Duncan: We Should Keep Online Testing, But We Should Learn From ISTEP+ Failures
Online standardized tests are here to stay, U.S. Secretary of Education Arne Duncan said Thursday, but “there will be bumps, there will be hurdles, there will be mistakes” like the statewide failures of online ISTEP+ exams on Monday and Tuesday.
In response to a question from StateImpact during a speech to the Education Writers Association, Duncan suggested this week’s glitches in Indiana, Oklahoma and Minnesota represent a learning opportunity. Here’s what he said:
We should have competition. We should be transparent — I don’t know who that company is, I don’t want to pre-judge — but if that company can’t deliver, there’s an opportuntiy for someone else to come in and do something very, very different… We should not have one problem and then say we should go all the way back to pencil and paper, that doesn’t make sense to me.This is a business. Folks are making money to buy these service. If those folks are doing a good job to provide that service, they should get more business. If they’re doing a bad job providing that service, they should go out of business…
We’ll get better and better. I do think, directionally, this is the right way to go. We have multiple players playing in these space… Let’s see who’s for real. But again, directionally, having computer-adaptive tests, having the ability to evaluate way more than just fill-in-the-bubble stuff — the critical thinking skills — directionally, it’s the right way to go.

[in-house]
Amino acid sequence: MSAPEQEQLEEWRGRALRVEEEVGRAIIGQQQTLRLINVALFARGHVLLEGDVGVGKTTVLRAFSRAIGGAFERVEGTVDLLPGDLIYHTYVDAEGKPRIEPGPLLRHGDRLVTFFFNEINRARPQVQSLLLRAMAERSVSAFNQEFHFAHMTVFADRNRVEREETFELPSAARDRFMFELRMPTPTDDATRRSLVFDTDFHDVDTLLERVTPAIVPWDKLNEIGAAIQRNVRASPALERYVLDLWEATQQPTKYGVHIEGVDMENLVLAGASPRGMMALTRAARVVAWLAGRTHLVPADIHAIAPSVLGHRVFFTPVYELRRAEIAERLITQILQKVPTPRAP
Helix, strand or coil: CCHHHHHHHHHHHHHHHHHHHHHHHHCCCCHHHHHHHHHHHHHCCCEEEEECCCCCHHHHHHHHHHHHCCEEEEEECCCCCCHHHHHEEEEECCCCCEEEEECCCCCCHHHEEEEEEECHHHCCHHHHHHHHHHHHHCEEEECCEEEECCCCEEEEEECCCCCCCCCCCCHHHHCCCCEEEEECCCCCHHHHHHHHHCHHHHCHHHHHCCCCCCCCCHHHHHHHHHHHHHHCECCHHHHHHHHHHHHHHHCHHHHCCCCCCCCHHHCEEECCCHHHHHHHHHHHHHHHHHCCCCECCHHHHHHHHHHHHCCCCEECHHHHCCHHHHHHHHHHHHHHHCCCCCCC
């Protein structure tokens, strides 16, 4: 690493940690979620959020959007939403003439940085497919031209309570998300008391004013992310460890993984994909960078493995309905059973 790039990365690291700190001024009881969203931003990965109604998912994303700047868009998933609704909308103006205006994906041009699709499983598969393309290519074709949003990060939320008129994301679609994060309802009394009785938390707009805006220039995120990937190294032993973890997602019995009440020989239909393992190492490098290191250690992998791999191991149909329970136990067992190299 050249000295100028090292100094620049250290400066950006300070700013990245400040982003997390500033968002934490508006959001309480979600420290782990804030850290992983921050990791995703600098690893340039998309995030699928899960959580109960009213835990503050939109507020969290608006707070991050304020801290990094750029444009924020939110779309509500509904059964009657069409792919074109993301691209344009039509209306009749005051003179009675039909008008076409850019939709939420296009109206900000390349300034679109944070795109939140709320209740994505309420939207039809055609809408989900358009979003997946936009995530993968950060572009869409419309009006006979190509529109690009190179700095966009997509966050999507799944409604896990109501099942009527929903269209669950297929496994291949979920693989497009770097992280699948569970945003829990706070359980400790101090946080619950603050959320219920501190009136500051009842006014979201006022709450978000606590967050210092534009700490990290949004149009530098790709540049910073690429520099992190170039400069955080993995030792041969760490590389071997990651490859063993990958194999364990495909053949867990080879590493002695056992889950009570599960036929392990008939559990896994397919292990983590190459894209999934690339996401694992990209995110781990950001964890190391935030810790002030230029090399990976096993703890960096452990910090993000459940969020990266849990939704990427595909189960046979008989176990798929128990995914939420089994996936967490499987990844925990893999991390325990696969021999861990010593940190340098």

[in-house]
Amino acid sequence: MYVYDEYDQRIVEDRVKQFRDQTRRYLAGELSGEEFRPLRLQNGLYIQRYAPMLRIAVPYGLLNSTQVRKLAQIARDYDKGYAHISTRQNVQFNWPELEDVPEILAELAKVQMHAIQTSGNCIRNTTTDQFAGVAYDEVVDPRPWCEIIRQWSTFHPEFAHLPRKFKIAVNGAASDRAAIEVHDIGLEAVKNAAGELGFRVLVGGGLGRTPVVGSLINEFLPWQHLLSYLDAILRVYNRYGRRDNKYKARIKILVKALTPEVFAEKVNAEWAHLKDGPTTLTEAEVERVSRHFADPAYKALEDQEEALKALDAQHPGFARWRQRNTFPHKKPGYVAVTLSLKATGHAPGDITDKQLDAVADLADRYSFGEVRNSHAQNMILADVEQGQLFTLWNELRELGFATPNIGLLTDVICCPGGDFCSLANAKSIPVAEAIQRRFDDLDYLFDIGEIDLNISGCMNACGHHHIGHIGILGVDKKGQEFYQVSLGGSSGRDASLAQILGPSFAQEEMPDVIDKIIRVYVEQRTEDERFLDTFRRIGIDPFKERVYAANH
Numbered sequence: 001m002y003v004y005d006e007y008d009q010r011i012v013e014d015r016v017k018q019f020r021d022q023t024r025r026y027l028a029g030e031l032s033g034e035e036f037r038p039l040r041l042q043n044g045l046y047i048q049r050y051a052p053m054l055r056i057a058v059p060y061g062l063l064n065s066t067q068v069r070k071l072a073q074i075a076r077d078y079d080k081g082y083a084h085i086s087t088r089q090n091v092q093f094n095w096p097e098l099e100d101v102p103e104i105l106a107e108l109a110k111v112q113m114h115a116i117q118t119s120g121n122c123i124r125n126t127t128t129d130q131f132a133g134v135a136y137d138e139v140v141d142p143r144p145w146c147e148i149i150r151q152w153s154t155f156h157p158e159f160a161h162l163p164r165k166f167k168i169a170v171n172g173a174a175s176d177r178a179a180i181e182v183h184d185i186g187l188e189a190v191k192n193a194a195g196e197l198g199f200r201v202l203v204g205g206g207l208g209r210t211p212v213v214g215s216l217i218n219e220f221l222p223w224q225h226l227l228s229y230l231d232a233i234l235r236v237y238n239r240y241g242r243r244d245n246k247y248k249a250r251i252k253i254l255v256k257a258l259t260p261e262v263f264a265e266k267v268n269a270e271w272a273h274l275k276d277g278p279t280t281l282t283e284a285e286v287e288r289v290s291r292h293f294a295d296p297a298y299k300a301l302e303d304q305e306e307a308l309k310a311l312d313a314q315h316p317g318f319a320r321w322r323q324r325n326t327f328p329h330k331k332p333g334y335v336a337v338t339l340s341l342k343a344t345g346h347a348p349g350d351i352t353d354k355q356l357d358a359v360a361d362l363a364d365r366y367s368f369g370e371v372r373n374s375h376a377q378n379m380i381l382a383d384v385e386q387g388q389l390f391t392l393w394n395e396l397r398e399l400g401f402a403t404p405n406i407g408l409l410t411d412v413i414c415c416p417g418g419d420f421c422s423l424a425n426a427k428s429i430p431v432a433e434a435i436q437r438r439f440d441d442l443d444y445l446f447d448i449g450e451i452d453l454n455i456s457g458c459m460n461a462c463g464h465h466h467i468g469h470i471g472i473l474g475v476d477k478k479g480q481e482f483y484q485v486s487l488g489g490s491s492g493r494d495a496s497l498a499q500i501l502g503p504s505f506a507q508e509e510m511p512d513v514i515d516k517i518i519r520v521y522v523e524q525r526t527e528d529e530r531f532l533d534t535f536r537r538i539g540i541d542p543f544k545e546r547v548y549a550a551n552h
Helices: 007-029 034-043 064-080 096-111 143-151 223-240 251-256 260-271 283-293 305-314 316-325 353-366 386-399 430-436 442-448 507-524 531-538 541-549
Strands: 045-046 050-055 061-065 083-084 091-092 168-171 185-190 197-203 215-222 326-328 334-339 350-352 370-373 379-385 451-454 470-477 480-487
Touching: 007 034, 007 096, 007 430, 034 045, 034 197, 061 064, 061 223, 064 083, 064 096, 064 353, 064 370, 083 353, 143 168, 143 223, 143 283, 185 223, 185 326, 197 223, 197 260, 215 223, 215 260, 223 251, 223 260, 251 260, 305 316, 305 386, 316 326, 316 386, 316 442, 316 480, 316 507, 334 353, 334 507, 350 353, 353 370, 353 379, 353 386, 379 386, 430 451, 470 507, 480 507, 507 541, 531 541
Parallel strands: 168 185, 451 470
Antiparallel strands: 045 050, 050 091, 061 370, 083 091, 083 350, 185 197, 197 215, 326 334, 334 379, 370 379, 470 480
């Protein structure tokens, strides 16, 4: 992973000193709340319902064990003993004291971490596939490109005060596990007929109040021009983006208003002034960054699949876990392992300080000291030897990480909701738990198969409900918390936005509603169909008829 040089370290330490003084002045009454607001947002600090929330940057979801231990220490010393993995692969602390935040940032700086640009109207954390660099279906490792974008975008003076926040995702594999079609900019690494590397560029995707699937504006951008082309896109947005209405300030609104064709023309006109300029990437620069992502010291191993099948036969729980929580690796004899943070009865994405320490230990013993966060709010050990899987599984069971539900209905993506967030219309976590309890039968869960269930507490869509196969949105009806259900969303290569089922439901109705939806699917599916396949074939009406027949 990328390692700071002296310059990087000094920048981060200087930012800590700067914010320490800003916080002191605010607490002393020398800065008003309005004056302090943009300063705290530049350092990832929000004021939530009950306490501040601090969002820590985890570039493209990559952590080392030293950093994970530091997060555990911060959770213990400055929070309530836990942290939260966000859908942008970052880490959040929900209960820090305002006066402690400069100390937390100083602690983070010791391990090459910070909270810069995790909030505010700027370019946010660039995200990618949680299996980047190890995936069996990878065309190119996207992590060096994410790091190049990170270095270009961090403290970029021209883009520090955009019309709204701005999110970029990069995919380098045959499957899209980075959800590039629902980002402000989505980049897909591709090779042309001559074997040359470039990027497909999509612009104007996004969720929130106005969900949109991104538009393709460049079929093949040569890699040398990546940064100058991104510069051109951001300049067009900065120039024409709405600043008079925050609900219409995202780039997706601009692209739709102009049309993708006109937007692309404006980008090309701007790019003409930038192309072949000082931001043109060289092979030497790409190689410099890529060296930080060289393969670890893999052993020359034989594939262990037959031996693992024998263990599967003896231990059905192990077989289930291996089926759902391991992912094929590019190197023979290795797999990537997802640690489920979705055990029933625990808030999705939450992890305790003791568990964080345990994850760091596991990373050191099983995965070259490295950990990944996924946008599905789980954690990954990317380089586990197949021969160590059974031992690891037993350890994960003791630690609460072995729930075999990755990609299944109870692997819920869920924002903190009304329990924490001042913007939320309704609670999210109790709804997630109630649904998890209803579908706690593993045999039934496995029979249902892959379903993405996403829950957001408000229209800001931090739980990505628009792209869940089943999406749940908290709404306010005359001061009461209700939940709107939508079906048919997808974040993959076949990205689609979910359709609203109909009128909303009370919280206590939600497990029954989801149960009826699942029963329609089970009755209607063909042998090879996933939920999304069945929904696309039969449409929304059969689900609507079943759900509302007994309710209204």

There will be bumps, there will be mistakes. The big thing is, ‘What can we learn with them?’ What was wrong with the contract? What was wrong— how do we not replicate this someplace else? With all this stuff, we’re moving the country in this direction, so for me, that’s not just an Indiana challenge.
In a statement released late Thursday, Indiana Department of Education officials said schools should continue reducing their online ISTEP+ testing loads on Friday. State officials say schools can go back to testing full loads on Monday.
The IDOE has also extended the online testing window (again) by two days. The testing window now closes on May 17.
Don’t forget to take a look at the contract the state signed with CTB/McGraw Hill. Here’s the latest public statement from the company.